Although "Here I Come" is his debut release, Jose Ramirez is by no means the new kid on the block. In actuality, between his U. S. tour and his two European tours, he's not only been around the block a few times but he's been around the world that many times, as well. I recently had the pleasure of seeing Jose perform several times during the International Blues Challenge in Memphis, TN a few months back. The first two times were during his quarter and semi-final rounds and the third was at the finals, when he wowed the packed Orpheum Theater crowd with a killer performance that won him second place.
Believing in making a strong first impression, Jose Ramirez pulled out all the stops when it came to making "Here I Come". Placing himself in extremely good hands, Jose chose blues guitar legend Anson Funderburgh as his producer, and as the saying goes, 'that's all she wrote'. Anson brought Jose to Austin, teamed him up with Grammy Award winning engineer Stuart Sullivan and hooked him up with some of the best studio musicians in the business. That said, joining Jose Ramirez on vocals and guitar are: Jim Pugh on Hammond organ and piano; Wes Starr on drums; Nate Rowe on bass; Anson Funderburgh on guitar; and The Texas Horns which consists of: Mark "Kaz" Kazanoff on tenor sax; John Mills on baritone sax; and Al Gomez on trumpet. Of the disc's eleven tracks, nine are Jose Ramirez originals.
The disc opens with the title track "Here I Come", a smooth foot tappin', knee slappin' shuffle featuring a fantastic piano led rhythm. While name dropping some of the blues legends he claims to have taught him to sing and bend those strings, by stating "here I come, on my way, be ready for what I have to say.......", Jose's also serving notice that he's now ready to be a part of those who will keep it all going.
"I Miss You Baby" (Freddie Simon) is a fifties style blues ballad originally done by T-Bone Walker. Although the track showcases the magnificently soulful and emotional sides of Jose's vocals, the two minute mid-song instrumental stopped me in my tracks. Between the combination of the sensitive guitar leads; the delicate piano and organ highlights; the heartbeat of the horns; and the oh so soothing rhythm; all I could do was just sit back and smile.
Now before all you ladies reading this think "awwww, how sweet", when you hear the title of this track, let me warn you about jumping to conclusions. "One Woman Man", is more about what Jose isn't rather than what he is. Musically, the song's just as bold and if you think that line may sting, you just gotta hear the guitar licks.
For so many reasons, "Goodbye Letter" could very well be the disc's best track. The name alone indicates it's gonna be loaded with the blues and, for over seven-and-a-half minutes, that's exactly what it is. Close to half of those minutes feature Jim Pugh masterfully doing his thing on the piano and showing why he's been every recognizable name in the genre's go to guy; and the other half feature Jose belting the hell out of the blues both vocally and with scorching blues guitar licks, while displaying that he's just not coming.....he's here!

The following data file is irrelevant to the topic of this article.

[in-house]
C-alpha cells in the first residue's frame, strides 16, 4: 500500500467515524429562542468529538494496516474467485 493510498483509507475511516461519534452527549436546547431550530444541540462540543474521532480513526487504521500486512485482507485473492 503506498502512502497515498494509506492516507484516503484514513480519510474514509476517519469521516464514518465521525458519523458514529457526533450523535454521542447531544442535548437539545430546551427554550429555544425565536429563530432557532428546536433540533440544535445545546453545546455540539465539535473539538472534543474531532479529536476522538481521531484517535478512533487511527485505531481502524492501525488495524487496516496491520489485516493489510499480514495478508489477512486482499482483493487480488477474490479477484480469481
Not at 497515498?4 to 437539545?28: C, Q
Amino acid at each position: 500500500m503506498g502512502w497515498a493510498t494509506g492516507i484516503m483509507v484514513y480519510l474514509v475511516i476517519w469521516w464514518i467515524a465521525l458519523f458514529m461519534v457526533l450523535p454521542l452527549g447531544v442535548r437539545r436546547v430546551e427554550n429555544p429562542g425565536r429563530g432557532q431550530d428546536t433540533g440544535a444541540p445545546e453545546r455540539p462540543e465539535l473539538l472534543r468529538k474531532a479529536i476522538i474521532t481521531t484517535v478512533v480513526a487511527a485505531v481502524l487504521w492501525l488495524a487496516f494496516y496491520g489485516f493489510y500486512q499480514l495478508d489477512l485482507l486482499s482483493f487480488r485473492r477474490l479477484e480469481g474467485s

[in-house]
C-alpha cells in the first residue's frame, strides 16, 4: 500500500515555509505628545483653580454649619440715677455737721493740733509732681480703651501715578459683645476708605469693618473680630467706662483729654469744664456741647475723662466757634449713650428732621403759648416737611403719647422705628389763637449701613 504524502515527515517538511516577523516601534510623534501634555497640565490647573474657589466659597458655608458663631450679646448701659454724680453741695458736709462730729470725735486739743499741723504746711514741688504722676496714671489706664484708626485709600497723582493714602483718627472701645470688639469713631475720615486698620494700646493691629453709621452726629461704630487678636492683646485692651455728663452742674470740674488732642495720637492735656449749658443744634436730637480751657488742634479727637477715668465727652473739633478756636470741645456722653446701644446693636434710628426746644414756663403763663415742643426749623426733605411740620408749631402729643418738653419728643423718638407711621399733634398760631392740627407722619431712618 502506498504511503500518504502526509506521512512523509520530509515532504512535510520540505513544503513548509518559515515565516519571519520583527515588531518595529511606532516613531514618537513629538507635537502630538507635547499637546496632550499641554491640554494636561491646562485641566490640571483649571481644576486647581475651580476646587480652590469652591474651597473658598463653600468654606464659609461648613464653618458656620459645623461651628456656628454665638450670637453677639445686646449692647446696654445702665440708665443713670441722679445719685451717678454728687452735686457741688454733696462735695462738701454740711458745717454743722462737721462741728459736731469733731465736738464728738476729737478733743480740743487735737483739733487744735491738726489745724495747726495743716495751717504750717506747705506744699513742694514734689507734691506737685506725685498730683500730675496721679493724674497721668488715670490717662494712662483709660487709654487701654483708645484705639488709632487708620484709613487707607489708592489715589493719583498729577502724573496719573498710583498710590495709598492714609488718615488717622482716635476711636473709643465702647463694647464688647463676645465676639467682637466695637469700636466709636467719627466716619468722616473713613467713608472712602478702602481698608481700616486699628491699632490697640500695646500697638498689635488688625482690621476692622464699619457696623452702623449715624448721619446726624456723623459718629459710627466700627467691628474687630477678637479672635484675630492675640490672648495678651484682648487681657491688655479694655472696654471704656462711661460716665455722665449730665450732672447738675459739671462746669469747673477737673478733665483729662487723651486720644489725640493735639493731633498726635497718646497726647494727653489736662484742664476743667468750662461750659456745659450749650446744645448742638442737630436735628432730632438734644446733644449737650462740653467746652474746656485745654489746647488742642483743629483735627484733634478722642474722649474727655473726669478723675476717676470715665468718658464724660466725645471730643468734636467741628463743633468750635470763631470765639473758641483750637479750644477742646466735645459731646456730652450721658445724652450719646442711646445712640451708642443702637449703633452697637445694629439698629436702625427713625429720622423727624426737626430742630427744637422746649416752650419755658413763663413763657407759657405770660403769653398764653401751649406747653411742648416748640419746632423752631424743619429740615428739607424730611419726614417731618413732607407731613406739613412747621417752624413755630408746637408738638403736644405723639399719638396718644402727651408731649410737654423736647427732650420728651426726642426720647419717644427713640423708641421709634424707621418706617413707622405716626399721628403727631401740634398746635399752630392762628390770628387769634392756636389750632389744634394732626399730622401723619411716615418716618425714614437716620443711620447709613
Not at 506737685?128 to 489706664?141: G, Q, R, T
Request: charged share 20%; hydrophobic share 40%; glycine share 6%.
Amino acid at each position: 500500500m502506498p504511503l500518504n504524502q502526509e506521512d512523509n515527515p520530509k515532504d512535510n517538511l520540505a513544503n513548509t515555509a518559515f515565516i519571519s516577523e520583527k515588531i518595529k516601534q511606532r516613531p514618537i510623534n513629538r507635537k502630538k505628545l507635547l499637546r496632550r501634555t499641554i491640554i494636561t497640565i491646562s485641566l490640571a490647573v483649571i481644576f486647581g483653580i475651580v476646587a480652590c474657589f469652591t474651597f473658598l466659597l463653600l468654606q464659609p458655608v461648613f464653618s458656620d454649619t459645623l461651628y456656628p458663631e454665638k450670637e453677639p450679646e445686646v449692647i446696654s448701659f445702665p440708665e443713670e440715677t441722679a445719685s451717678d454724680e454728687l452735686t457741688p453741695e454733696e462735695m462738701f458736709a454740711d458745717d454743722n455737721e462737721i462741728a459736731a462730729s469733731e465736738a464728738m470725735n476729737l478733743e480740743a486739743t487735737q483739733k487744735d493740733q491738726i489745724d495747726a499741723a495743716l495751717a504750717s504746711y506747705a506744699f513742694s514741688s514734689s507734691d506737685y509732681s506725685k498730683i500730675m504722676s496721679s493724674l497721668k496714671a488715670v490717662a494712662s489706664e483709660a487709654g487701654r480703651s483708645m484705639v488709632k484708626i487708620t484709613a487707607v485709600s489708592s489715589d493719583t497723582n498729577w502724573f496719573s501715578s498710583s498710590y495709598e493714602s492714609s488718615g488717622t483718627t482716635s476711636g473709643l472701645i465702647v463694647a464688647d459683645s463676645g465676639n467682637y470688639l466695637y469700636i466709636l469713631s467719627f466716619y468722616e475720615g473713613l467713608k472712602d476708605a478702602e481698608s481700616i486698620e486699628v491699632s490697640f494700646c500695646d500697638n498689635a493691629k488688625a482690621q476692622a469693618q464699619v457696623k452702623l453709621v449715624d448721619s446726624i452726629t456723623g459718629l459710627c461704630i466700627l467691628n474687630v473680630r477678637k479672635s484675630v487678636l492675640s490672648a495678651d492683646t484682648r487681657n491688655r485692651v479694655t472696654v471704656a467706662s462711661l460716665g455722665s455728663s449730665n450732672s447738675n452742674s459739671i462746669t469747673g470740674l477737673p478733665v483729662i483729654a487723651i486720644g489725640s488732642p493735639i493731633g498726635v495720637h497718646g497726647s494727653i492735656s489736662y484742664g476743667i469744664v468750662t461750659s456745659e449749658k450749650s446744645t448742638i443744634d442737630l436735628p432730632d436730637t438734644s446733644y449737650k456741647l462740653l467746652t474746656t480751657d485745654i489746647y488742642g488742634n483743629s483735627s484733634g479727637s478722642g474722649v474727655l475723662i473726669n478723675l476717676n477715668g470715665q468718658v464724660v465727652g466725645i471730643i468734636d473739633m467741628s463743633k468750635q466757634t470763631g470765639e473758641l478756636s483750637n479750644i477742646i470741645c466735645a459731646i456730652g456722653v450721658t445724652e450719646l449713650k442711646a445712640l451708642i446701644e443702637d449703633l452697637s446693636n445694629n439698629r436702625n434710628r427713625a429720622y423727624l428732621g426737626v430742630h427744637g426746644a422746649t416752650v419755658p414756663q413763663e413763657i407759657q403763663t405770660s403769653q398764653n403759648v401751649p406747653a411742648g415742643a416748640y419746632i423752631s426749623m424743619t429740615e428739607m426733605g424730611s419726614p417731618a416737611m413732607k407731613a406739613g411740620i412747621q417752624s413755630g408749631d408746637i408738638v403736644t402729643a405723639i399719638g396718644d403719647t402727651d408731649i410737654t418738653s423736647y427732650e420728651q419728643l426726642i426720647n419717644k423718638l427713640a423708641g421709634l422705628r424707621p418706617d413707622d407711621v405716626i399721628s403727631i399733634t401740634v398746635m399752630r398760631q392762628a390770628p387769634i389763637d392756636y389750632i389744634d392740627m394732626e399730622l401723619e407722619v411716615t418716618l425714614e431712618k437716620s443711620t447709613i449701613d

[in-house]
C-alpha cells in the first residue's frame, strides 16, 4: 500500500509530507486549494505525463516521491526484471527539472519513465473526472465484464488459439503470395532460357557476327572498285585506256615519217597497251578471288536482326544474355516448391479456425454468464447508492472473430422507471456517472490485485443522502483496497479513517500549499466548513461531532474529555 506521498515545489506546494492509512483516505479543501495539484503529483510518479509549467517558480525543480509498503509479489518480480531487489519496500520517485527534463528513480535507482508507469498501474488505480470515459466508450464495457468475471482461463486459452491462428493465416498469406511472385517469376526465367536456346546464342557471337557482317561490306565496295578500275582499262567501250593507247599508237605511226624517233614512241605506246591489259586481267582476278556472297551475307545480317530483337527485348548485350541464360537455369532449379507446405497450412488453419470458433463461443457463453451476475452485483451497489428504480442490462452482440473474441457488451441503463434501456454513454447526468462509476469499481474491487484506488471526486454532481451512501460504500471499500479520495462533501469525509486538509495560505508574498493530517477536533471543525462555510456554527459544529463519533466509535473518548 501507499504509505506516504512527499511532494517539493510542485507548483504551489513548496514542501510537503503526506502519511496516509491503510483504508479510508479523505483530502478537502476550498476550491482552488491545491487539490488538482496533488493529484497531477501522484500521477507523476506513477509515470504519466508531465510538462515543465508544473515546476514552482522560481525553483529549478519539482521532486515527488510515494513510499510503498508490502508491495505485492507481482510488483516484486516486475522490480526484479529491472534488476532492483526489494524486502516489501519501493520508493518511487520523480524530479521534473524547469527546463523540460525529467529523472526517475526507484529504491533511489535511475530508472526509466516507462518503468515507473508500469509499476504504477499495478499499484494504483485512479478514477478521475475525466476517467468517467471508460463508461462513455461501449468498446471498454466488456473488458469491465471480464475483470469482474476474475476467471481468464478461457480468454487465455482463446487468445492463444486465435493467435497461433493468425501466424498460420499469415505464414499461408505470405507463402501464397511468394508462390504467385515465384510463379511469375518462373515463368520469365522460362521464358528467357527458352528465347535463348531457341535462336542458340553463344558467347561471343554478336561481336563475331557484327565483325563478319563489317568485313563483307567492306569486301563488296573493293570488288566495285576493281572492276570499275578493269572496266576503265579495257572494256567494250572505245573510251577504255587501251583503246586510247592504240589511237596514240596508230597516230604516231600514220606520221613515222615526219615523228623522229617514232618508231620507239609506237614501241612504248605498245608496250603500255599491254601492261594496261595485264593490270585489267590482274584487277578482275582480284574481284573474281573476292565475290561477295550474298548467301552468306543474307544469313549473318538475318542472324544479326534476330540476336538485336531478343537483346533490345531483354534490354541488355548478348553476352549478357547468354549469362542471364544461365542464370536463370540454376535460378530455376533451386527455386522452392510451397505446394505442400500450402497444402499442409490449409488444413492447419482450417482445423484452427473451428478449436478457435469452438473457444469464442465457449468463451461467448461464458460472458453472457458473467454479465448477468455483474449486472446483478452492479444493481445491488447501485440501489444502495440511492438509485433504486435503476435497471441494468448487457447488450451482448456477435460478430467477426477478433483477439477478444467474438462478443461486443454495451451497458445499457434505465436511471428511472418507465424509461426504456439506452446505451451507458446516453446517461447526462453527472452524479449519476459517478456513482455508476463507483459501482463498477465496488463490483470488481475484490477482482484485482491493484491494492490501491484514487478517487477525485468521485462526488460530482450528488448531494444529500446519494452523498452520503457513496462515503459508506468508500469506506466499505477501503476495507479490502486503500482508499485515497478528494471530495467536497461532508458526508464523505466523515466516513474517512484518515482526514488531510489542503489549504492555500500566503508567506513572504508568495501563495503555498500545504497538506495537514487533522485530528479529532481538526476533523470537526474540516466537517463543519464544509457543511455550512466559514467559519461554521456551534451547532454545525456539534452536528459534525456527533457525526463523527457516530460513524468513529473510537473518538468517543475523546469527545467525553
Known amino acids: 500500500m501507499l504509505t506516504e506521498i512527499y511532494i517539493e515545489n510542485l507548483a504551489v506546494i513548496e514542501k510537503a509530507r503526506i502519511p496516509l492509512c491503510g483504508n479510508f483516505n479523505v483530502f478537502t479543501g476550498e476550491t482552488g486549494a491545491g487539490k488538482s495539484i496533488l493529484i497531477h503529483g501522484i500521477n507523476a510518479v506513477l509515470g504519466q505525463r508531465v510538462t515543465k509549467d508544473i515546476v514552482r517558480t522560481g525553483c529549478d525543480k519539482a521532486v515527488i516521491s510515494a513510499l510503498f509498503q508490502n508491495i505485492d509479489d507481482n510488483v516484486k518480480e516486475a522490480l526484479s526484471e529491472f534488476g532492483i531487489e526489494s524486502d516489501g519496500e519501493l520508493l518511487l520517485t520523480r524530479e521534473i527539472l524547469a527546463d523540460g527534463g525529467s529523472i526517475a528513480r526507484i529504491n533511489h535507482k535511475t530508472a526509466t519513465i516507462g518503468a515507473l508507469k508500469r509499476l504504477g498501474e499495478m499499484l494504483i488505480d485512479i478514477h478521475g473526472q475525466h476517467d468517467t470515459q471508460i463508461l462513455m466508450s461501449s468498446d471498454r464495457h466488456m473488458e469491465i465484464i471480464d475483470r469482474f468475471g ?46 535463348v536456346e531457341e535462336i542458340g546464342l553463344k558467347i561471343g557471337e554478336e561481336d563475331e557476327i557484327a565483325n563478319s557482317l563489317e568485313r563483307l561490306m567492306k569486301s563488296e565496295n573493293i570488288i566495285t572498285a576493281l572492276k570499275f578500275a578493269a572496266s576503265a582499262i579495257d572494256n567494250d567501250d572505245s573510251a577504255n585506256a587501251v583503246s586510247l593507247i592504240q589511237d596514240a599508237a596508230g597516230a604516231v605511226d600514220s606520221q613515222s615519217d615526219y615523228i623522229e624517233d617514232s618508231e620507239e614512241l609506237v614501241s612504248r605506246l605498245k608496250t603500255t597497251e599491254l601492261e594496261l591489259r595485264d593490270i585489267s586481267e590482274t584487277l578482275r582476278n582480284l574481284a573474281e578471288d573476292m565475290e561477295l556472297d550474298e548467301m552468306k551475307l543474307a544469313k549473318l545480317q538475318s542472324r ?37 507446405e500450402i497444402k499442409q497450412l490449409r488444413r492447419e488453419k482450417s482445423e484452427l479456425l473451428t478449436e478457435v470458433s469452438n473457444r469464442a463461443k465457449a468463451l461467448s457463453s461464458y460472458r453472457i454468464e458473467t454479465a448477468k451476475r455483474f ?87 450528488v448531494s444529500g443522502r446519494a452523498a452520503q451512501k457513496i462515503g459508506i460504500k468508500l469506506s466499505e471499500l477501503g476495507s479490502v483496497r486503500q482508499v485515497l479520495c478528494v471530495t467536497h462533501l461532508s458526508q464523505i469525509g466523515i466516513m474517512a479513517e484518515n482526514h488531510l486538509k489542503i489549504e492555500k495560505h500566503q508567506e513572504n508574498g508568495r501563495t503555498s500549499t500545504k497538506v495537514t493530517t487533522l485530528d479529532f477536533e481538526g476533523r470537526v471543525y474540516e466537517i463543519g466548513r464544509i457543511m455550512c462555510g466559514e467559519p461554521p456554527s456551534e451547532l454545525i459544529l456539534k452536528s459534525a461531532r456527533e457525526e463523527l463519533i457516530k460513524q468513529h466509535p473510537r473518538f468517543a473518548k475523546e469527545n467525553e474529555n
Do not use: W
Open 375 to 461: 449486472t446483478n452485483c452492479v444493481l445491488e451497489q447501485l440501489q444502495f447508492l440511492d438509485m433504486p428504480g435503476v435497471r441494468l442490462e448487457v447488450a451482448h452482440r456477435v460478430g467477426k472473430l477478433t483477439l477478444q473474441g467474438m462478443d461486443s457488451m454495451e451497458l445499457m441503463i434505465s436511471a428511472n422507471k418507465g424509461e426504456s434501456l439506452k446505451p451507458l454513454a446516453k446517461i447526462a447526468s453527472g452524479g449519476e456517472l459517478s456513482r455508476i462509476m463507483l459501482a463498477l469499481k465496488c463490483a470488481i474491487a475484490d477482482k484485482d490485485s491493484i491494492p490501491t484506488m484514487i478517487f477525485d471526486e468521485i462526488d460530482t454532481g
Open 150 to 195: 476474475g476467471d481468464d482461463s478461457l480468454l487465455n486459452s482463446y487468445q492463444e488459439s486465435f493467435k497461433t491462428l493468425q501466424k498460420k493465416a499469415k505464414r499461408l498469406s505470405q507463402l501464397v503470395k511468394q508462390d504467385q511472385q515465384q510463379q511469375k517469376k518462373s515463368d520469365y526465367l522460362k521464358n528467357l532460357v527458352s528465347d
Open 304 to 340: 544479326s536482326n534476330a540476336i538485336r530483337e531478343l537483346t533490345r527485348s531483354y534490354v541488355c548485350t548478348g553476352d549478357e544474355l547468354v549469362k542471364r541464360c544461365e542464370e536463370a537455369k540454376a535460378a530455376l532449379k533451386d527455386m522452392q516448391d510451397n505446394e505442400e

"The Way You Make Me Feel" is a soul oozing, uptempo, feel good song that makes you just want to start singing along with it. As a matter of fact, as good as this woman seems to be making Jose feel, he just might become that one woman man after all. With Wes and Nate nailing it on the drums and bass, and those Texans nailing it on the horns, this one's another rhythm rich winner.
"Three Years" is just one of the two tracks featuring Anson on guitar and where I might normally say something like "too bad I'd have loved to hear more of him", he's got Jose so on top of his game and his production work has shone on every track.
With all that's been written about Robert Johnson, one would be hard pressed to find anything in those facts or fables that even remotely describes him as "funky". That said, Jose and the guys do an interesting job of funking up Robert's "Traveling Riverside Blues".
Other tracks on this outstanding project include: "Gasoline And Matches"; "As You Can See"; "Waiting For Your Call"; and "Stop Teasing Me".
In a recent conversation with Jose, he told me that he had submitted a copy of "Here I Come" to Blues Blast Magazine in order to be eligible for their annual Blues Blast Awards. Knowing that, I'm thinking he should be a lock for at least a nod in the "New Artist Debut" and the "Rising Star" categories. Good luck my friend!